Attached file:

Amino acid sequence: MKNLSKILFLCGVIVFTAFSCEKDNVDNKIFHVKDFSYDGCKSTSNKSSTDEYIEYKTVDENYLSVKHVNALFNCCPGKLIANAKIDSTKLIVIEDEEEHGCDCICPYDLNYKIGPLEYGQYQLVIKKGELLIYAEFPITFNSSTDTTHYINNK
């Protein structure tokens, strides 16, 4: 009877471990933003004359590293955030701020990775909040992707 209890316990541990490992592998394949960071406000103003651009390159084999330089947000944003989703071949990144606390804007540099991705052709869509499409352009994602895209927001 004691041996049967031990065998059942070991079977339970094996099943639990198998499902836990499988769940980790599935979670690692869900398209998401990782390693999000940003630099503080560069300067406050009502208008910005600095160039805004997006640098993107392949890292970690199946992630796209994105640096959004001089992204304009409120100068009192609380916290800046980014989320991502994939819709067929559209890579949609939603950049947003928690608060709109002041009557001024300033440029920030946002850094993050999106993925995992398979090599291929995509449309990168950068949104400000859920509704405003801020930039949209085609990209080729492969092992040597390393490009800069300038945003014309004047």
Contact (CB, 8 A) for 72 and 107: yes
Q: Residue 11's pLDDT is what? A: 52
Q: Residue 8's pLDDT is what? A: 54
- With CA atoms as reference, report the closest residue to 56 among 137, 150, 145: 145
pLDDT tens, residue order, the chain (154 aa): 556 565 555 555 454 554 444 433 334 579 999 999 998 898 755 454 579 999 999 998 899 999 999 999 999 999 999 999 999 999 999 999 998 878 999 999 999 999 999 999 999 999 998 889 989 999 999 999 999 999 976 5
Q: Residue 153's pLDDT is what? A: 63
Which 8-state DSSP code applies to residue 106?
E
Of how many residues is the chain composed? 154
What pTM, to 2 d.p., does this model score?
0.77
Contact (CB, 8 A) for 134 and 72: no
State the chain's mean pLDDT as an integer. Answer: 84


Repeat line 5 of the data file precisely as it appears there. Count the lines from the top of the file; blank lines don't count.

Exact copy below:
Q: Residue 8's pLDDT is what? A: 54